An entire city has been protected from the viral disease dengue for the first time according to Australian researchers.
Mosquitoes bred in captivity with a naturally occurring bacteria called Wolbachia were released in the city of Townsville in the Queensland. By mating with local mosquitoes, the released individuals spread the bacteria, which hinders dengue transmission, allowing the city to be dengue-free since 2014.
Researchers from Monash University now believe that other mosquito-borne diseases such as Zika and malaria could be stopped using this technique.
“Nothing we’ve got is slowing these diseases down – they are getting worse,” said Scott O’Neill, director of the World Mosquito Program, quoted by the Guardian.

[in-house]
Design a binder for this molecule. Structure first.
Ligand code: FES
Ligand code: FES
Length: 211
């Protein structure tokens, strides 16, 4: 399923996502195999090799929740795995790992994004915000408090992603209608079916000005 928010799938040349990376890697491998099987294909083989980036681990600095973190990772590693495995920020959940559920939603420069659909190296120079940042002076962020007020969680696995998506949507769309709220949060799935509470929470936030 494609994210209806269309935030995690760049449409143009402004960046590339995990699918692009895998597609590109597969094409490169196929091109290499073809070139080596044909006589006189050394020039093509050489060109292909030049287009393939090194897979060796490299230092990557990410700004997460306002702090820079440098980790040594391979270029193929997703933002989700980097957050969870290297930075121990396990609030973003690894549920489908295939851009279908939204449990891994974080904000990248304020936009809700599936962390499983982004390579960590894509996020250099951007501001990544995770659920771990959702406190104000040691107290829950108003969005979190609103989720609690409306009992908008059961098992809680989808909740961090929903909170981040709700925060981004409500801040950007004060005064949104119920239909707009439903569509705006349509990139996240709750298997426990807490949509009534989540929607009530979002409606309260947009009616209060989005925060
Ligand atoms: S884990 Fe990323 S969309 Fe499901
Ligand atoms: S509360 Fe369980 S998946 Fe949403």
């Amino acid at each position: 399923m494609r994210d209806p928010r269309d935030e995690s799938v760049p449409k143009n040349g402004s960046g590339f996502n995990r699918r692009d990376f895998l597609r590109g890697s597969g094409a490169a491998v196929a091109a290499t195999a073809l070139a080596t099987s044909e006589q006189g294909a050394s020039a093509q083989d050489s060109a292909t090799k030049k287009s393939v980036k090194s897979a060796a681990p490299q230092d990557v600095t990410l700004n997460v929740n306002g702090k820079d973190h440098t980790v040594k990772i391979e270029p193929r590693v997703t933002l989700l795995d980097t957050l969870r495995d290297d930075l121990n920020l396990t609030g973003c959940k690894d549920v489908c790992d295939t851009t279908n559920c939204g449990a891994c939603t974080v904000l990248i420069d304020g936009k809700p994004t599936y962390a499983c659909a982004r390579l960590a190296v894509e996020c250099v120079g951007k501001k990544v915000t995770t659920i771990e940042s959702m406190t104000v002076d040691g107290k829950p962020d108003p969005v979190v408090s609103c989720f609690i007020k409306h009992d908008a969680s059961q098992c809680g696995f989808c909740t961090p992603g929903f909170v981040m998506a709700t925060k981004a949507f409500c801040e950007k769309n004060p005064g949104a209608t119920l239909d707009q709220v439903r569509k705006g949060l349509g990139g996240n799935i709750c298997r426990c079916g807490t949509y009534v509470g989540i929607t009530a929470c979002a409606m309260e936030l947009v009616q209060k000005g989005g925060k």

“I think we’ve got something here that’s going to have a significant impact and I think this study is the first indication that it’s looking very promising.
In total, the researchers released the Wolbachia-carrying mosquitoes over four monsoons seasons across 66 km sq in the Queensland town. The inhabitants of the tropical town embraced the project with school children taking part in the release effort of the special mosquitoes.
“At a cost of around A$15 (£8.50) per person, the Townsville trial demonstrates the approach can be rolled out quickly, efficiently and cost-effectively to help provide communities ongoing protection from mosquito-borne diseases,” Professor O’Neill said.
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